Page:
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Thank you so much, Julieb1219! I love nothing more than my listeners coming away with the idea that they would like to hang out with me! Frankly, I want to hang out with all of you. My podcast is how I manage it. One day, I will be able to out there and meet you guys. This review made me so happy.
Interested in the paranormal episodes? There are my telling my own, many paranormal experiences—I’ve lived in several haunted houses and investigated Waverly Hills Sanatorium. The episodes are titled “Ghoulies and Ghosties and Long-Legged Beasties…” and “…Things That Go Bump in the Night.” They are 3 and 4, or you can listen to the later remastered versions (I had learned more about editing and my software, and remastered the first four episodes, but also left the originals on the feed, for I have no shame.). If you feel so inclined, please leave a review wherever you listen. Not only do reviews make me happy, they give me valuable feedback, and they help other listeners find me by heightening my podcast’s visibility. All my love!
On my honor
I will try
to serve God and my country,
to help people at all times,
and to live by the Girl Scout Law.
I will do my best to be
Honest and fair
Friendly and helpful
Considerate and caring
Courageous and strong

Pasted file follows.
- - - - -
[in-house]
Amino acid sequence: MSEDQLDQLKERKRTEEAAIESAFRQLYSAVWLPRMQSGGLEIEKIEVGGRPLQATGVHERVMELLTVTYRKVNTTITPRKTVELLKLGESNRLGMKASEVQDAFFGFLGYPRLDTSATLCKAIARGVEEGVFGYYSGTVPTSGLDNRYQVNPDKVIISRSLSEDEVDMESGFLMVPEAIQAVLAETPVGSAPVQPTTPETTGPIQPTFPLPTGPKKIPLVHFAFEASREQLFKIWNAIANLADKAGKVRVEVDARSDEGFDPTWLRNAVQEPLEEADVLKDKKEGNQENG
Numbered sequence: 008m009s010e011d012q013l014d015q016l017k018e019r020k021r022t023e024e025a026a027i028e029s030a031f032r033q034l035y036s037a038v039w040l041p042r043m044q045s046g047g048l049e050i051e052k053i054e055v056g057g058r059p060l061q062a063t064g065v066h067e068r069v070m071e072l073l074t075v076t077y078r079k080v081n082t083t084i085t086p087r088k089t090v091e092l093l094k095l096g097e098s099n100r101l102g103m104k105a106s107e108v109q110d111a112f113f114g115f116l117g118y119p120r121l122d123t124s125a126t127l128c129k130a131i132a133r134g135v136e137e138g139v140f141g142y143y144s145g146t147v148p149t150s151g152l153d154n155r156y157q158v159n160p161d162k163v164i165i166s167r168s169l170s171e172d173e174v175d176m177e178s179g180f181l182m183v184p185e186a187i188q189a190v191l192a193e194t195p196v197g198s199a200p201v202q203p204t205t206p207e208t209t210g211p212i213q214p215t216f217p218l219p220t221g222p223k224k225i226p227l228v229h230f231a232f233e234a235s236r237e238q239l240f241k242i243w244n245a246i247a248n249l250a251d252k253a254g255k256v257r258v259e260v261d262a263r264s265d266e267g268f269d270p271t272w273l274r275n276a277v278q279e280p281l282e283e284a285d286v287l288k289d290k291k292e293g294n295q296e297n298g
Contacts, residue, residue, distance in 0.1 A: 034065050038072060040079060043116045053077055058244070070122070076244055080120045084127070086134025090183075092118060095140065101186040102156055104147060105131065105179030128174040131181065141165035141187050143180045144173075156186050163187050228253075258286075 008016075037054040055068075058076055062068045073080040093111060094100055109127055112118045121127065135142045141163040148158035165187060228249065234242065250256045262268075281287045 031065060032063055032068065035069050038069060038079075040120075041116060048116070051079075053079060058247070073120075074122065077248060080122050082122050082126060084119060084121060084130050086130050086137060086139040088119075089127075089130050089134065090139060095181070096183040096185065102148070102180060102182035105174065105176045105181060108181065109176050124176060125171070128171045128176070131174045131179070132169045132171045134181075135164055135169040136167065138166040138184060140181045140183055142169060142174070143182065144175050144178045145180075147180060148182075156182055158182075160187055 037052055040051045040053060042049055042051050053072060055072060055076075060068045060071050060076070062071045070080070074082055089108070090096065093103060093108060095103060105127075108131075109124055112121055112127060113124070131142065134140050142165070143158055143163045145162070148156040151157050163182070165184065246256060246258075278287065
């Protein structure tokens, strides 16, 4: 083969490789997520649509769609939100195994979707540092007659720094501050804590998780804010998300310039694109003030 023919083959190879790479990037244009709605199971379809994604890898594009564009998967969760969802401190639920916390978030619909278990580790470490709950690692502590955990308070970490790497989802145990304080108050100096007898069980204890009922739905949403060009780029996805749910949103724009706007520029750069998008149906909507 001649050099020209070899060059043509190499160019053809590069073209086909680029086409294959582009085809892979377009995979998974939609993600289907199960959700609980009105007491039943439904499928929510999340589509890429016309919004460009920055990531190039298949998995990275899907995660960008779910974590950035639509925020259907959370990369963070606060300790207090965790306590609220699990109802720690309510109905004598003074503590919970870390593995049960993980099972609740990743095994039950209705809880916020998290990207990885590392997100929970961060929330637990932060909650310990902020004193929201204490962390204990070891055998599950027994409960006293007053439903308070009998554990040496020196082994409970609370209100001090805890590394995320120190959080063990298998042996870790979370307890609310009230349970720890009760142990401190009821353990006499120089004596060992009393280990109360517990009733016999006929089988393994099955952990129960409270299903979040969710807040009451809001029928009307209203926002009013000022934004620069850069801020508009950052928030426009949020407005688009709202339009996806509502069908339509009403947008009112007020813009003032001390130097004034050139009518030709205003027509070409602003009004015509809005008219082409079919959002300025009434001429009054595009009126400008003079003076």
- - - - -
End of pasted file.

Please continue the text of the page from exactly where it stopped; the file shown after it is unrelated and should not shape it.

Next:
Responsible for what I say and do
And to respect myself and others
Use resources wisely
Make the world a better place
And be a sister to ever Girl Scout.
If you have any information in the case of Alicia Showalter Reynolds, please call Virginia State Police at (540) 829-7400 or by email at firstname.lastname@example.org.
If you have any information about the cases of Julianne Williams and Laura Winans, please call Virginia State Police at (540) 829-7400.
If you have any information in the case of Samantha Clarke, please contact the Orange County Sheriff’s Office at 540-672-1200.
Anyone with information in the case of Sage Smith is asked to call Detective Wright Settle at (434) 970-3274 or Virginia Crimestoppers at (434) 977-4000.
If you have any information about the location of Alexis Murphy, so that she may be brought home, please contact the Nelson County Sheriff’s Office at (434) 263-7050.
If you knew these young women, any of them, and want to share something about who they were as people on the podcast, please contact me at email@example.com. I would love to speak with you.